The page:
A week ago in the House of Lords, a group of politicians, civil servants, educators, charities and businesses met to learn about some of the innovative technology that is making education and employment increasingly accessible for deaf people. This meeting did not make the news cycle, yet for around 16% of the population of this country, it was a meeting that has the potential to transform their education and prospects for greater employment prospects. Several members of my family rely on hearing aids to communicate with those around them, and in my professional work I help to ensure that hearing loops are considered by organisations building new facilities and refurbishing old ones. As part of this I am involved in supporting ‘Loop Up …..’ groups. I attended an inaugral meeting in Lewes for Loop up Lewes and there is already a very successful group in Eastbourne. These groups attempt to test out the hearing loops that have already been installed, and although this is something a hearing aid wearer can do most easily, those of us who are not users of that technology can participate in.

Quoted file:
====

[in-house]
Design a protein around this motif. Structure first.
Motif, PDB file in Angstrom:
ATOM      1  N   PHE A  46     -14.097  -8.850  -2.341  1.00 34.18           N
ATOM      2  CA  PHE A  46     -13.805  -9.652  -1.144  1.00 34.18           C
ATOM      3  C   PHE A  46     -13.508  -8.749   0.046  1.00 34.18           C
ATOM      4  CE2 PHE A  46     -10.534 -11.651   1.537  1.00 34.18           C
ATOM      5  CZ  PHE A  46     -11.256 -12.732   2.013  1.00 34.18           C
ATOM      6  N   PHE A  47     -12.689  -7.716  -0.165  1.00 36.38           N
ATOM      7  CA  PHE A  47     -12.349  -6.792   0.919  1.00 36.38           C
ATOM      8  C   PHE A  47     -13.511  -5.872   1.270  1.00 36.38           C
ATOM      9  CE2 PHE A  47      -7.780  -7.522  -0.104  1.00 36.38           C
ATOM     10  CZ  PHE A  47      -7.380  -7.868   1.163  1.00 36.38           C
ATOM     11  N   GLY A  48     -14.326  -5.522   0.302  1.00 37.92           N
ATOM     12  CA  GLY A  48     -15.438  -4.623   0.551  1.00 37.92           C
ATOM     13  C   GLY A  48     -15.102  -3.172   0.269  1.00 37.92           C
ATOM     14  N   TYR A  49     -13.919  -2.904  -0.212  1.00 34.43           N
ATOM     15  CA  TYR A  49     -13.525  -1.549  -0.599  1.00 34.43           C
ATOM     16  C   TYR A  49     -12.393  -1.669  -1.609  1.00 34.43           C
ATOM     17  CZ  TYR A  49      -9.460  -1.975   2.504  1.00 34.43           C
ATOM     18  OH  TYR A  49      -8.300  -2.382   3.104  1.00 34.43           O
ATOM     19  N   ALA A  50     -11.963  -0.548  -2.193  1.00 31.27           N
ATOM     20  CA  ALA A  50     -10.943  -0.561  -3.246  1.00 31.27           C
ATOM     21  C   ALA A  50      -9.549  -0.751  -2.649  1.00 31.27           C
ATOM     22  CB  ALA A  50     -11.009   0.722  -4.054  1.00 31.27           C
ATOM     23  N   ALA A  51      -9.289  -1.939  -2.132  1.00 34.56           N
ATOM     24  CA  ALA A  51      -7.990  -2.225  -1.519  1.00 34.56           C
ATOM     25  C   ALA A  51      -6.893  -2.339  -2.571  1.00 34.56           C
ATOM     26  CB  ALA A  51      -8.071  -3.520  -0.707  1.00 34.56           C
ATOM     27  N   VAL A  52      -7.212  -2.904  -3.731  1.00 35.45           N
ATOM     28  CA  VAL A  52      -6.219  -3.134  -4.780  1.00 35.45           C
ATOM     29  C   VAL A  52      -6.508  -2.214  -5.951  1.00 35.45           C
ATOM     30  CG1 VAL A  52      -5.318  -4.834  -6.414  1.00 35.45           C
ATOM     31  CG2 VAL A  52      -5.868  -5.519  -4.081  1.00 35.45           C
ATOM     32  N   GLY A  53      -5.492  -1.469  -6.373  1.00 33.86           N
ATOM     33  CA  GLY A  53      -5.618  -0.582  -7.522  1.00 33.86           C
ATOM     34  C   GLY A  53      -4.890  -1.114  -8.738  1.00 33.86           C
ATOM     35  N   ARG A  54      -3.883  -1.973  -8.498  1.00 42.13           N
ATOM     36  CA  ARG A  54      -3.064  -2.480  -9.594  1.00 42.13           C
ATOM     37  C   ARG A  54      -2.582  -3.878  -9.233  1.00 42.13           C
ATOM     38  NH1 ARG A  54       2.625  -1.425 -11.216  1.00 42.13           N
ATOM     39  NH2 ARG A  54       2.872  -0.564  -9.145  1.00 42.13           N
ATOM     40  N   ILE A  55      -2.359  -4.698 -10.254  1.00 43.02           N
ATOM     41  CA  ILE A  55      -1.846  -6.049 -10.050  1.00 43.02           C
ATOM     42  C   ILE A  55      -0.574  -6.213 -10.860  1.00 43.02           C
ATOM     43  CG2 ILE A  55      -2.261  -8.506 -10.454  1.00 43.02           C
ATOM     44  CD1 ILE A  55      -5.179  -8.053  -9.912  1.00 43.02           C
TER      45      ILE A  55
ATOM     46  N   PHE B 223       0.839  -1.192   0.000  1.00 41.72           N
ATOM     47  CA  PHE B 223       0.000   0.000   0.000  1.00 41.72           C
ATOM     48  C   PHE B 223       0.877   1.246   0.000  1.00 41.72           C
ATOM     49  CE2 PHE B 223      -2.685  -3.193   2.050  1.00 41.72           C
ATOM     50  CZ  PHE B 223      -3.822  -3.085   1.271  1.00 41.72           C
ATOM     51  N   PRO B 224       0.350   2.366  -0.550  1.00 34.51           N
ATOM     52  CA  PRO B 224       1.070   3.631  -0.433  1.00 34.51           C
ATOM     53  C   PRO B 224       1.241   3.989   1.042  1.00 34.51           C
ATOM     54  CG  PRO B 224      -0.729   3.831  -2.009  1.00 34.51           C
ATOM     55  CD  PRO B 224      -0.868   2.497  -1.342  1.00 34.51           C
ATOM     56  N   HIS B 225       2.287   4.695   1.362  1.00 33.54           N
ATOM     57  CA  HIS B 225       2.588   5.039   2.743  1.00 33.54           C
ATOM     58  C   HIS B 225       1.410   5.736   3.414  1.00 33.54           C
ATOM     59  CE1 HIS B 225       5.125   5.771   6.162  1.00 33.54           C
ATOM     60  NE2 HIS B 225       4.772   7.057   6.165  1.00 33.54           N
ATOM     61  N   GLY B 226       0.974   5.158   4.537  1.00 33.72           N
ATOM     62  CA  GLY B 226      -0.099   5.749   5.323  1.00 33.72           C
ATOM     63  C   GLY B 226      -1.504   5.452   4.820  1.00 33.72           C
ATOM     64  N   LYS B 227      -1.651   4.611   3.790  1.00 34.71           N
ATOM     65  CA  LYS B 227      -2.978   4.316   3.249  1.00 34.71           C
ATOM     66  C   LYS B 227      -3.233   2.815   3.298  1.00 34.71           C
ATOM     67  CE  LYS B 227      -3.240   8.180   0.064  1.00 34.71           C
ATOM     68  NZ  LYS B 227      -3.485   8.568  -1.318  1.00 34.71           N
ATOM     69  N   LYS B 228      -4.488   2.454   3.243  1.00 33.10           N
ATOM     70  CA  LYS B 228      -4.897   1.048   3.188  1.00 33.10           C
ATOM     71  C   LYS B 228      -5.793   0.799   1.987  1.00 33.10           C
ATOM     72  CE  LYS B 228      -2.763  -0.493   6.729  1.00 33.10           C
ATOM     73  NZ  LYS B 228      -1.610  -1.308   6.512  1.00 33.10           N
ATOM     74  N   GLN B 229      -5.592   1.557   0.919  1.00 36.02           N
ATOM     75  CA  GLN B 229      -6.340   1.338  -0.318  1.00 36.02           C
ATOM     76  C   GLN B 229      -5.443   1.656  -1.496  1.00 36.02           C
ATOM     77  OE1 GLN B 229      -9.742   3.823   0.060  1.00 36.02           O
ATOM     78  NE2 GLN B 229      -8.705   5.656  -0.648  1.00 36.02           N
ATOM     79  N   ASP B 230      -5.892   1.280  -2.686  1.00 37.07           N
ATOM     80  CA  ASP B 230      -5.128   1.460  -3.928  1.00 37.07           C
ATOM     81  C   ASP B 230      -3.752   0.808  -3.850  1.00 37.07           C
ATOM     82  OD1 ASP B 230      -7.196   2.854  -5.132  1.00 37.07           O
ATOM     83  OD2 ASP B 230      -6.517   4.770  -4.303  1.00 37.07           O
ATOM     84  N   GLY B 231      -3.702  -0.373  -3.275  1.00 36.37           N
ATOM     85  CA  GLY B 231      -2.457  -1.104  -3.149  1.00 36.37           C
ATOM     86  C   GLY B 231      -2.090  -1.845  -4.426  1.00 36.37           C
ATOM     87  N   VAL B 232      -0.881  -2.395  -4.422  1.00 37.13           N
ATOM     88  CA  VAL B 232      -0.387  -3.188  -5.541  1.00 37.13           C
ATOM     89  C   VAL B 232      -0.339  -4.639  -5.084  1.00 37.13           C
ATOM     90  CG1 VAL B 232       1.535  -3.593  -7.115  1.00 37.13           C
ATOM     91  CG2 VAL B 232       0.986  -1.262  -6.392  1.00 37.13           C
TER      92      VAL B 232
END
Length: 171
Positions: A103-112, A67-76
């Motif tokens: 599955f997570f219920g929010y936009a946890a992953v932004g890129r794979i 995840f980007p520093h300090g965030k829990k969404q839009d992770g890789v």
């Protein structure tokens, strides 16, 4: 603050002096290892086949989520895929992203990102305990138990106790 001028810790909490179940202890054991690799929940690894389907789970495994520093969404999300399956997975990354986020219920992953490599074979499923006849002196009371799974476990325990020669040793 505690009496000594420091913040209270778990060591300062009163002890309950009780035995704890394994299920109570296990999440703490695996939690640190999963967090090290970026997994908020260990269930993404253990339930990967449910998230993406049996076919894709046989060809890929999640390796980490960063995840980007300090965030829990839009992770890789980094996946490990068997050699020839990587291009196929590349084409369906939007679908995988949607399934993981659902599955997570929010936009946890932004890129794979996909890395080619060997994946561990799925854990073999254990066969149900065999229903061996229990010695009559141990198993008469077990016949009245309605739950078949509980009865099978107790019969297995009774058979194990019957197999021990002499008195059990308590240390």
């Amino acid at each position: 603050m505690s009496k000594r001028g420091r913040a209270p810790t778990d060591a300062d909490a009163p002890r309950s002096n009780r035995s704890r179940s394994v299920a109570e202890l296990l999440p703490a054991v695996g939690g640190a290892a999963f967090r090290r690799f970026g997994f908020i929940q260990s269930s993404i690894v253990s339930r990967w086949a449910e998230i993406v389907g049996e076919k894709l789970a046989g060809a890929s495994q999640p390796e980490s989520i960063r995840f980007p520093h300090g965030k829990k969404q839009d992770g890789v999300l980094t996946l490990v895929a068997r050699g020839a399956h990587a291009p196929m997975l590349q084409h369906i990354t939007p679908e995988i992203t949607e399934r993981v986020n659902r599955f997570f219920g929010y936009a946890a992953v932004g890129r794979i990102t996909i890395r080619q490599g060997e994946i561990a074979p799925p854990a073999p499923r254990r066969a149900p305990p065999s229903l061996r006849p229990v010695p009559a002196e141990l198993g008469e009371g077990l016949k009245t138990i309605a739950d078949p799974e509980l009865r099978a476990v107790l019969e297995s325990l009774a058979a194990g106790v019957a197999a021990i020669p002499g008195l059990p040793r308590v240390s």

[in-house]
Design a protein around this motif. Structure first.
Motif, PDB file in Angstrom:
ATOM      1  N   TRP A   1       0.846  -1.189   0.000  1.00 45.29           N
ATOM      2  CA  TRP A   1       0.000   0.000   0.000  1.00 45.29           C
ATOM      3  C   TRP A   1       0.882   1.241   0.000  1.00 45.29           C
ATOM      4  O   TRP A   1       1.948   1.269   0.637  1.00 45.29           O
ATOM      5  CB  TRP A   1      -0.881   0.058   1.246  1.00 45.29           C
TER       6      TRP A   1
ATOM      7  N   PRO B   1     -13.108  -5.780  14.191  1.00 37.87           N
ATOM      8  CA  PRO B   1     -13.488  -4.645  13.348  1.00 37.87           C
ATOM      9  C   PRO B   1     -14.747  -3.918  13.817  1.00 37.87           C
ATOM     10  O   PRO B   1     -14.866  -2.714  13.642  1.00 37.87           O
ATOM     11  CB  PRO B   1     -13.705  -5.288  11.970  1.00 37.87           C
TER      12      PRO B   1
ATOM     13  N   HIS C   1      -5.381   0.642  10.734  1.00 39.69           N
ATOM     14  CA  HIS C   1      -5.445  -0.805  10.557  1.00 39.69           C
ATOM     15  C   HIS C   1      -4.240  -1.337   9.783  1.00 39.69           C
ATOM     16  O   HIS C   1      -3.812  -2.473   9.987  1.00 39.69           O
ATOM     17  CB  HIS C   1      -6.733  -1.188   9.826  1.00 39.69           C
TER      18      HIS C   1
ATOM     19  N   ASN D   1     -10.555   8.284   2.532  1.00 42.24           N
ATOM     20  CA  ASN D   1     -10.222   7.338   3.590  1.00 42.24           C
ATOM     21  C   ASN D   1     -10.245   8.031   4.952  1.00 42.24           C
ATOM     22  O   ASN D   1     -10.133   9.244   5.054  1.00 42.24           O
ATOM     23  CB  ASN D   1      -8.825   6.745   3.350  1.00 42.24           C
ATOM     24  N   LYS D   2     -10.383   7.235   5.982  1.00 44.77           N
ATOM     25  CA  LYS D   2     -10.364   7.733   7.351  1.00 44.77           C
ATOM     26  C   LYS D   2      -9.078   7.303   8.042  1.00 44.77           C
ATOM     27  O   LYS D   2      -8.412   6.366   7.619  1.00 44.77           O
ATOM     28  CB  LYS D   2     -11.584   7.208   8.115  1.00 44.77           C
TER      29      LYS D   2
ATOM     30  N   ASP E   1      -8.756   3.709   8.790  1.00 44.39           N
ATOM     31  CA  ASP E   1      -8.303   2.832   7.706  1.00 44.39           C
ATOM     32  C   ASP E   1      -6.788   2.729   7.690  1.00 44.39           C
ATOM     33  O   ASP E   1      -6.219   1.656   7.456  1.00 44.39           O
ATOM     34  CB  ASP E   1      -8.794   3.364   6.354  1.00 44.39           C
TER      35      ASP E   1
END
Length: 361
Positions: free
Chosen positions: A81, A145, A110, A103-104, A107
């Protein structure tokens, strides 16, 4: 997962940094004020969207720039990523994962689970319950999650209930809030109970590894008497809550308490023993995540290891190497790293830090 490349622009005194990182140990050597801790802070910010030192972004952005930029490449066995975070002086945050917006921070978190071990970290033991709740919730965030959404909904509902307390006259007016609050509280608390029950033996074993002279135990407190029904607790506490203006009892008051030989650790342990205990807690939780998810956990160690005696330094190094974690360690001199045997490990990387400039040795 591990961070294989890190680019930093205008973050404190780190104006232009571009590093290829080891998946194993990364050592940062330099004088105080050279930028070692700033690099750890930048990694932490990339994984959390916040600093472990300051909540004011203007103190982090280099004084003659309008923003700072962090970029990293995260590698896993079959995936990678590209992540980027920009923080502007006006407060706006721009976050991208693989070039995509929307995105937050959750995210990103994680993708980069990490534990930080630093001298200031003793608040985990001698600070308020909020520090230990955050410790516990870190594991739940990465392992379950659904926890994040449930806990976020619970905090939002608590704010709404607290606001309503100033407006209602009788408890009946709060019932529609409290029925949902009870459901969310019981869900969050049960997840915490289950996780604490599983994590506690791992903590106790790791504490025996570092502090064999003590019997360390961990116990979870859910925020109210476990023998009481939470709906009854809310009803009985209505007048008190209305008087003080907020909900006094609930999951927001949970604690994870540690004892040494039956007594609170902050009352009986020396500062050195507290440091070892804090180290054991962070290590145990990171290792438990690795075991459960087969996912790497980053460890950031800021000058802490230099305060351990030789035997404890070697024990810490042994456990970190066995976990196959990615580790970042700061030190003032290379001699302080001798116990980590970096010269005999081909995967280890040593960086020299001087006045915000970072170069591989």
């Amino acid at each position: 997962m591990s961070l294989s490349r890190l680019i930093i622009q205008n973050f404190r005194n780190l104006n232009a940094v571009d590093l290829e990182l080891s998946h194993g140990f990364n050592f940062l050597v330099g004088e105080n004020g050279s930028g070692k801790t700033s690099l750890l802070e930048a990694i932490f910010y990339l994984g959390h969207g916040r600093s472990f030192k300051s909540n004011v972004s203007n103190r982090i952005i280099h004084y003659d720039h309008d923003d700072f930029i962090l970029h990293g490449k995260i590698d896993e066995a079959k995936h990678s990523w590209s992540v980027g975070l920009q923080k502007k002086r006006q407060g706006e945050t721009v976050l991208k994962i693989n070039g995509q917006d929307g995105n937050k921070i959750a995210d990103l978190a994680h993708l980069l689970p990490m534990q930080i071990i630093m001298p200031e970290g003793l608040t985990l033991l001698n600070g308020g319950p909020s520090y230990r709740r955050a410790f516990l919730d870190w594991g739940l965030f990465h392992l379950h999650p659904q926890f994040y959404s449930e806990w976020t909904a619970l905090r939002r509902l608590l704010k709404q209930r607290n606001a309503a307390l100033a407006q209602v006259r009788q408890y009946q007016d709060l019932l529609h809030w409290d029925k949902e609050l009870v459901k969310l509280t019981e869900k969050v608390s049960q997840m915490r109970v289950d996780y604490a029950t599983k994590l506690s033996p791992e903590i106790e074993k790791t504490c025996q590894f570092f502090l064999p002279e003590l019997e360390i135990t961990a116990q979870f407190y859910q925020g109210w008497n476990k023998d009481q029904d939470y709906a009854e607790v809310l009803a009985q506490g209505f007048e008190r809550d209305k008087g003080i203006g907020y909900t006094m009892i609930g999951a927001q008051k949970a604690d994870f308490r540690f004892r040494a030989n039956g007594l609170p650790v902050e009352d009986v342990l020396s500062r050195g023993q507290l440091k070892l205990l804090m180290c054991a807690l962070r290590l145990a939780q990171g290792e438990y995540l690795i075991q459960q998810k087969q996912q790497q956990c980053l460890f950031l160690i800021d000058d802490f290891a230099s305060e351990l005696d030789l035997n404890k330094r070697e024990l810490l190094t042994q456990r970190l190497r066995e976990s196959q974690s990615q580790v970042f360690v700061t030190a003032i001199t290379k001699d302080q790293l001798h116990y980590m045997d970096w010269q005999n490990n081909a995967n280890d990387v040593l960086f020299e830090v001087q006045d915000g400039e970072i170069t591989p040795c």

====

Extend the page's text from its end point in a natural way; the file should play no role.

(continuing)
If we are in a building that we would expect to have a loop system, we can look out for the signs such as the one above. If there is no sign, there may be no loop. Whilst it is not mandatory to provide loops or signs, it is often best practice to do so. Anyone able to read this blog is capable of looking for a sign, and most of us have the confidence to ask an organisation why there is no loop or no sign. Simples!